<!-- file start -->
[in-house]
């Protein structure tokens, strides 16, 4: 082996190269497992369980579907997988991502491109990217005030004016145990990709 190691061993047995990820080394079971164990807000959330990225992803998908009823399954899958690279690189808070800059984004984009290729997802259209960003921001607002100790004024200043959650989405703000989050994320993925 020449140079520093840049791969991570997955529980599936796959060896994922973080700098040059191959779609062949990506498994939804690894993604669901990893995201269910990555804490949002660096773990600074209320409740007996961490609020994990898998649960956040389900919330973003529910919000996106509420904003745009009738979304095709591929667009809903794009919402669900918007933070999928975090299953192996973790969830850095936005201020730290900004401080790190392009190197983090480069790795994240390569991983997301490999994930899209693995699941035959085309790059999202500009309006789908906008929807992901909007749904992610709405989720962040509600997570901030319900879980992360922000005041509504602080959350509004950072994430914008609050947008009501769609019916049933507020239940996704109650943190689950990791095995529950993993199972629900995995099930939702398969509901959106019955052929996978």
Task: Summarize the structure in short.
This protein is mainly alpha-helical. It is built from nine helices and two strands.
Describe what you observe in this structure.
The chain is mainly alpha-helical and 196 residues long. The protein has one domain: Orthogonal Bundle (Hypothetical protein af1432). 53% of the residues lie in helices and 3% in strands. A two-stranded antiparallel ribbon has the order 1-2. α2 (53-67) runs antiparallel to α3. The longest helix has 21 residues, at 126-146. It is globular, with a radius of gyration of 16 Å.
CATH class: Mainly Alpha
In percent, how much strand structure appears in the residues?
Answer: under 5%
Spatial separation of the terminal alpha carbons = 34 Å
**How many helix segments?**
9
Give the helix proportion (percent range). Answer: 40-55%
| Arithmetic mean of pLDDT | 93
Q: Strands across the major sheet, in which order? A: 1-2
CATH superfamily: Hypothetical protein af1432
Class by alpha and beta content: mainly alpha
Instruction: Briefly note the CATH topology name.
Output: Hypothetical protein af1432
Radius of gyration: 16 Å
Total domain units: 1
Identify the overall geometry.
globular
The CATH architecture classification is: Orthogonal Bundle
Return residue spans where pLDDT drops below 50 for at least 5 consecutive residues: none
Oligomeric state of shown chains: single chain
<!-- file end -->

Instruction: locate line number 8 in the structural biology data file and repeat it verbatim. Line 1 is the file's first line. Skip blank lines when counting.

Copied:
In percent, how much strand structure appears in the residues?